Although epidemiological studies have linked asthma susceptibility and severity to polymorphisms in human glutathione transferase Pi (GSTP) 1, there is no direct evidence for a functional involvement of GSTP1 in processes that are pathognomic of asthma.Objectives:
To examine the role of GSTP1 in modulating the development of allergic airways disease.Methods:
Allergic airways disease was induced in wild-type (WT) and Gstp-null mice employing both acute and chronic models. Eosinophilia, goblet cells, and remodeling were quantified by histological assessment; respiratory function was determined using invasive methods. ELISA was used to evaluate Th2 cytokines, eotaxin, and phospho-c-Jun. Gstp1/2 expression was quantified by reverse transcriptase–polymerase chain reaction.Measurements and Main Results:
Compared with allergic WT mice, eosinophilia, goblet cell hyperplasia, airway remodeling, lung resistance, and IL-5 were enhanced in allergic Gstp-null mice. However, the protective efficacy of GSTP1 was mouse-strain dependent, and associated with inherent variation in expression of Gstp1. Although elevated levels of phospho-c-Jun were detected in Gstp-null mice, treatment of WT mice with a GSTP/c-Jun N-terminal kinase (JNK) inhibitory peptide enhanced phospho-c-Jun and significantly attenuated allergic responses.Conclusions:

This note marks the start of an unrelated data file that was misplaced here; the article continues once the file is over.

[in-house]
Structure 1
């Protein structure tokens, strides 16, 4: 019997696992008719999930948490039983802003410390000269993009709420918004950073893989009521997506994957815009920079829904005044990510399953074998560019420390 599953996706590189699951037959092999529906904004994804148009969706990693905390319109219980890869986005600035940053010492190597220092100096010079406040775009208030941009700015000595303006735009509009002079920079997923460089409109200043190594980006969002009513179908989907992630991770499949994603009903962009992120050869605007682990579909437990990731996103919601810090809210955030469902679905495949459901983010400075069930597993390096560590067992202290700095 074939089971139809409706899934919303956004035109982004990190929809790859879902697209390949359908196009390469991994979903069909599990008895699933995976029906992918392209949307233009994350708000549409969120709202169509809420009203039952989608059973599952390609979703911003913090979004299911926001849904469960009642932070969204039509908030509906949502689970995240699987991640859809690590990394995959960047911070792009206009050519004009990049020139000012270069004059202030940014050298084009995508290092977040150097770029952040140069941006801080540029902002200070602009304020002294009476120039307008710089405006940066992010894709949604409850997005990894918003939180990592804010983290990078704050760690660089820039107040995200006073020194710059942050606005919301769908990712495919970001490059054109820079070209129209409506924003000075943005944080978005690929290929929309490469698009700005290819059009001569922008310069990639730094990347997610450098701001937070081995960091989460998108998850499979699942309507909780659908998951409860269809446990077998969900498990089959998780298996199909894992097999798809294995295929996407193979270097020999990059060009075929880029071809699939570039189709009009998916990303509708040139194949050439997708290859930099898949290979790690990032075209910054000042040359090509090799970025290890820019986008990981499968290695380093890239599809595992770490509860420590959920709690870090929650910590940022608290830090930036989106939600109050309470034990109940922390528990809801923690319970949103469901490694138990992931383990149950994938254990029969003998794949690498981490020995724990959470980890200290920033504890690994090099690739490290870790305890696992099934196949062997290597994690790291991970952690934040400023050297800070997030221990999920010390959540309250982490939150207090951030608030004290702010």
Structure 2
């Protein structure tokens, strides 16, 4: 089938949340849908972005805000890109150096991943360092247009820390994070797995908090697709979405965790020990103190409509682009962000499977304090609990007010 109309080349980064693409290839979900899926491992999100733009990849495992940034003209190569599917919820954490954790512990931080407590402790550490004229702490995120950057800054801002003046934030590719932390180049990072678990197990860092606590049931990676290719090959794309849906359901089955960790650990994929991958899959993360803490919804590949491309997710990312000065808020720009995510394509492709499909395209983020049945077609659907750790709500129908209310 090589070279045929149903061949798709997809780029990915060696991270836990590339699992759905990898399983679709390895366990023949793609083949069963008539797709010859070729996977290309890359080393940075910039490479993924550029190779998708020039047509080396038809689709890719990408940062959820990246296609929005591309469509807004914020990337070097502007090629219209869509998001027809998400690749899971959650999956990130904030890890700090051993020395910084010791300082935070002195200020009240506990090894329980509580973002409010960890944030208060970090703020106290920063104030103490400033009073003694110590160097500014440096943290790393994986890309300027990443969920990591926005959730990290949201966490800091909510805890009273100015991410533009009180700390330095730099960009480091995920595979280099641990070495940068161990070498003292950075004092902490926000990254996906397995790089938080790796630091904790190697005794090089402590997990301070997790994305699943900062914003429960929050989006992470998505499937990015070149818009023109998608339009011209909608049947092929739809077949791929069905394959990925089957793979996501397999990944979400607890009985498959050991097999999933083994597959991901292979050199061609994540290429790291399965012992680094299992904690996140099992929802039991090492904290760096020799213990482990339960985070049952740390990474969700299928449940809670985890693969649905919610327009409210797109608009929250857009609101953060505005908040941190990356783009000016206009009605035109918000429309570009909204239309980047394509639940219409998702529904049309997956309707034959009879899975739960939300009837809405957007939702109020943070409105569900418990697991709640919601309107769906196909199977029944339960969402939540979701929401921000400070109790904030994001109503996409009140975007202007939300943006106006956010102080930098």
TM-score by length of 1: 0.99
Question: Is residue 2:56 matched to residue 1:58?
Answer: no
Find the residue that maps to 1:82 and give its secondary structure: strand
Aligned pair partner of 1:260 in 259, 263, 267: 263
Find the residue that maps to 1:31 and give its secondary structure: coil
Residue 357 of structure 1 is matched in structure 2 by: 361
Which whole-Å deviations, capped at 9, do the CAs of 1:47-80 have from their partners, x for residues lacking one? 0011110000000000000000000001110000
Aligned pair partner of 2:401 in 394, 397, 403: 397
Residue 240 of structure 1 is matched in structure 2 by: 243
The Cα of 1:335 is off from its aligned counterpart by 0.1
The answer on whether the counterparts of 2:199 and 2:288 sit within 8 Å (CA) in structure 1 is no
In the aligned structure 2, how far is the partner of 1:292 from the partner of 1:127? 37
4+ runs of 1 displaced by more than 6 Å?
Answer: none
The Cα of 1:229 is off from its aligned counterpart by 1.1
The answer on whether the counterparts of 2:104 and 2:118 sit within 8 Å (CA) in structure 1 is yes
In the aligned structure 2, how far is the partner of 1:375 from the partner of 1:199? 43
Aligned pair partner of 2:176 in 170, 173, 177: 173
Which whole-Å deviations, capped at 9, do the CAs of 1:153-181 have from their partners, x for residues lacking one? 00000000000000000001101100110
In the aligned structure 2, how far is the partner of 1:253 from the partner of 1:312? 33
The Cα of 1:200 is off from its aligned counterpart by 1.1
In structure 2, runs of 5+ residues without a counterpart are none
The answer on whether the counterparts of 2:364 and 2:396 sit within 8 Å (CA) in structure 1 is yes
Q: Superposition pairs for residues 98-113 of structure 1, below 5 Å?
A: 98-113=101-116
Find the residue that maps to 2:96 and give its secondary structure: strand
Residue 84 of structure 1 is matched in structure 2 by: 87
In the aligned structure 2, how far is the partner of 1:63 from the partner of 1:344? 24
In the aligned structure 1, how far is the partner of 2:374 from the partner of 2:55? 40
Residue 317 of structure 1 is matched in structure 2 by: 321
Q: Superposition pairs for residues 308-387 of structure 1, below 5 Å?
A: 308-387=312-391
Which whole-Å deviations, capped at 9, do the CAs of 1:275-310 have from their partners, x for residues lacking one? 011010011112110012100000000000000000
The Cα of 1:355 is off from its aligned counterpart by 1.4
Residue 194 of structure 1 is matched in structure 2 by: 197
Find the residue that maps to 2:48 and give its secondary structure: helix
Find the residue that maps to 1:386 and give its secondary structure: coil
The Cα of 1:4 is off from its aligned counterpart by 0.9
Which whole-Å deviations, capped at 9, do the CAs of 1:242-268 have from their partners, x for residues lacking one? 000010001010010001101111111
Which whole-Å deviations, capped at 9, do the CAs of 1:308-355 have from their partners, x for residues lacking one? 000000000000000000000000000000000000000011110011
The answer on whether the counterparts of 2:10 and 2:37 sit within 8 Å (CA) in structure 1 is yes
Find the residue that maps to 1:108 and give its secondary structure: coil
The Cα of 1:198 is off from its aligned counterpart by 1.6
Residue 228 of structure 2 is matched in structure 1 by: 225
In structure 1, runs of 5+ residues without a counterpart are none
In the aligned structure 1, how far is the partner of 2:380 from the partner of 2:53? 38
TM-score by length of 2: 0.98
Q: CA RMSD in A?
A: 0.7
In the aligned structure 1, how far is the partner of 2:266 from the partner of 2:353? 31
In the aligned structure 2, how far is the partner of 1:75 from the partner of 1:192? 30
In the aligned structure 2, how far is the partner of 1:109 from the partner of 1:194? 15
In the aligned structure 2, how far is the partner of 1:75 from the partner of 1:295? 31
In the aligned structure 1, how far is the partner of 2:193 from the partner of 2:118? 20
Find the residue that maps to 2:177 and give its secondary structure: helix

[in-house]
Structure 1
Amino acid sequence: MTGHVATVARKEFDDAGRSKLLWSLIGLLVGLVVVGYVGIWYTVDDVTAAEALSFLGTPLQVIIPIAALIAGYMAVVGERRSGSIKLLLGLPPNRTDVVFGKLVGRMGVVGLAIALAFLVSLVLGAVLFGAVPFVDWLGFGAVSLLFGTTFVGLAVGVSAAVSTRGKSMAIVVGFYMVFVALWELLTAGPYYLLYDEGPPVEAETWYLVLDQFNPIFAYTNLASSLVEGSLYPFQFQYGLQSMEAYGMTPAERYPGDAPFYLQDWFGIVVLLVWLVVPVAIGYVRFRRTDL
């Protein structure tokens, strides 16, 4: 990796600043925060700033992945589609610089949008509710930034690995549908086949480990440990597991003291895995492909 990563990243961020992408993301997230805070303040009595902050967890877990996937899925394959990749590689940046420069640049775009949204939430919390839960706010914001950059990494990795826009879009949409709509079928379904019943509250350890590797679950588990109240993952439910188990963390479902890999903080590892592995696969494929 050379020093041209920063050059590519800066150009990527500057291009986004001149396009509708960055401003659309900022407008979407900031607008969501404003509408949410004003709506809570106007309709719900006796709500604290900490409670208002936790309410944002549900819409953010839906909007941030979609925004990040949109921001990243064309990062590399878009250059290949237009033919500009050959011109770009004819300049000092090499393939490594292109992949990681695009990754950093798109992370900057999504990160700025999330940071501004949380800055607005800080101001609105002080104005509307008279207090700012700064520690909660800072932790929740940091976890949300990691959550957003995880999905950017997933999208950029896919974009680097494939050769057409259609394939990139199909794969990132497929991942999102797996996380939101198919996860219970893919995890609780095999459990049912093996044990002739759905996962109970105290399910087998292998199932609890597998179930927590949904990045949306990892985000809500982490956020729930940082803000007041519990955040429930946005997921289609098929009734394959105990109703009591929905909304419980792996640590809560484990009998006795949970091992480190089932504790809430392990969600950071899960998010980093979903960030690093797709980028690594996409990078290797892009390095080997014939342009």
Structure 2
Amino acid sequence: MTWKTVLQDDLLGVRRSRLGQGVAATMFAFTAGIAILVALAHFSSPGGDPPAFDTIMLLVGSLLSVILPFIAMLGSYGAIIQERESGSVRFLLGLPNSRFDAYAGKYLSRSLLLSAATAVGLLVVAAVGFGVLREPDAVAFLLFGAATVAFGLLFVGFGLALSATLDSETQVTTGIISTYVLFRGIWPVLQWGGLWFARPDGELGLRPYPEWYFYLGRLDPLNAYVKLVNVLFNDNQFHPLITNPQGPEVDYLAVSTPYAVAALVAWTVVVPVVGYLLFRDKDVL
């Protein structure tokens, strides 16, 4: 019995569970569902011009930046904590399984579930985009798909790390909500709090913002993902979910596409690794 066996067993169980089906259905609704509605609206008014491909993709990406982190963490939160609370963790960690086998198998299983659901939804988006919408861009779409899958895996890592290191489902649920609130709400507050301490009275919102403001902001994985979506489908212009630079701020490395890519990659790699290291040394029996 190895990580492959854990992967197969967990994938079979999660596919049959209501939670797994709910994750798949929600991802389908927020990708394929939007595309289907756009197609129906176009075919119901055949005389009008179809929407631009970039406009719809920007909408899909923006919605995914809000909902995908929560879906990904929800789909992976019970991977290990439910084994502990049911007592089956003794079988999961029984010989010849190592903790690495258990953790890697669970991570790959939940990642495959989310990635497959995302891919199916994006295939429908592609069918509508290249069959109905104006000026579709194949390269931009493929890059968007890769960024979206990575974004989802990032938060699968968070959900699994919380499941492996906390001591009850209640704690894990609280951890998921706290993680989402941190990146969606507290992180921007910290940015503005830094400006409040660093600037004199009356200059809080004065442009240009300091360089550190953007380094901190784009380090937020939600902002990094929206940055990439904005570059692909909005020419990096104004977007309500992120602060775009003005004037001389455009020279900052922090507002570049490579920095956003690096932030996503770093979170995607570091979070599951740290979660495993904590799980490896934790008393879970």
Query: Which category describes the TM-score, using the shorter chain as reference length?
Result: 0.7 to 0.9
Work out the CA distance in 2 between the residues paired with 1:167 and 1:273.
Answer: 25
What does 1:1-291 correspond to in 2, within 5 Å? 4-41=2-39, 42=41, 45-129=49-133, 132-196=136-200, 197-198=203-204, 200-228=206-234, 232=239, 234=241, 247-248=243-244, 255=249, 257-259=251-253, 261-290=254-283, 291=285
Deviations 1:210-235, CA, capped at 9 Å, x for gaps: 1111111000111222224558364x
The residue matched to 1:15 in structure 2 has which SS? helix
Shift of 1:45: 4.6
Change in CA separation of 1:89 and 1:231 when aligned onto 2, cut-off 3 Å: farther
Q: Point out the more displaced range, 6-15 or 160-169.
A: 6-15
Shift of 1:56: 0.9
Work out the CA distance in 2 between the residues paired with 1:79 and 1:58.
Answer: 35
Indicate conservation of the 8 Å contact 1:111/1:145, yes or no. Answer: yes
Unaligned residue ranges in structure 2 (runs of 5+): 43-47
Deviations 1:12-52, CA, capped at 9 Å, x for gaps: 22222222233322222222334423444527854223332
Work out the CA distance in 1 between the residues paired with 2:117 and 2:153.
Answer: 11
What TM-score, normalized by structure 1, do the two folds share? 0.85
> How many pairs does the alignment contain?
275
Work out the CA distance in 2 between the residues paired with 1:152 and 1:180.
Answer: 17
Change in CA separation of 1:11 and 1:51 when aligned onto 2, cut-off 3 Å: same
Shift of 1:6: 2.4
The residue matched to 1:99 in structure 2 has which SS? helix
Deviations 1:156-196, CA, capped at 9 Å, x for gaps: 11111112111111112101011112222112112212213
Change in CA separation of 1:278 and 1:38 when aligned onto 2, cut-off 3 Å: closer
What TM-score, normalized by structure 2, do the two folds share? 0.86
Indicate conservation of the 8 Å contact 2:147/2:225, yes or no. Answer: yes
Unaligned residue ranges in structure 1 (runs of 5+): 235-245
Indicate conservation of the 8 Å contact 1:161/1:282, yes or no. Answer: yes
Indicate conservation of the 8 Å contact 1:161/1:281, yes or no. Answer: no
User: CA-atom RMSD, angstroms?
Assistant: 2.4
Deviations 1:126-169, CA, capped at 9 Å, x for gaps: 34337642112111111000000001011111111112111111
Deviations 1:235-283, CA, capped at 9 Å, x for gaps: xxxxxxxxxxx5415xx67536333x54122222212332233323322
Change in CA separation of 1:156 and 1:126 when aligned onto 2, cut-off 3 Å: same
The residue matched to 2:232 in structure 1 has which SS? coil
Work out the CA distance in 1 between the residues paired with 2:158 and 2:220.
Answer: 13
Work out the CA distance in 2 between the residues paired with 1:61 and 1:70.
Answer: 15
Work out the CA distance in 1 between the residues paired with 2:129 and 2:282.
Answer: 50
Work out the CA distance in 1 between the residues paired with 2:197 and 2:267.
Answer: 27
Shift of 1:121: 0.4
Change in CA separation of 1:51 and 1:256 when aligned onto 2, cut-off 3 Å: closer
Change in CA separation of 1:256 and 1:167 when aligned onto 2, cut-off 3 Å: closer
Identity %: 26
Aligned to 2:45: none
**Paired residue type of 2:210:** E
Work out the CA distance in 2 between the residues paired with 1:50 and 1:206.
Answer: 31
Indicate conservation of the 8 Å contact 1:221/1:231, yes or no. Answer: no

GSTP1 attenuates the severity of allergic airways disease. However, the efficacy of GSTP1 correlated with mouse strain-dependent variation in Gstp1 expression. Although GSTP1 attenuated c-Jun phosphorylation, treatment with a GSTP/JNK inhibitory peptide revealed an inverse relationship between c-Jun phosphorylation and allergic responses, indicating that the mechanism by which GSTP attenuates allergic responses is not dependent on the JNK/c-Jun axis. Our data, together with epidemiological evidence, suggest variation in expression and/or function of this protein is an important determinant in asthma pathophysiology.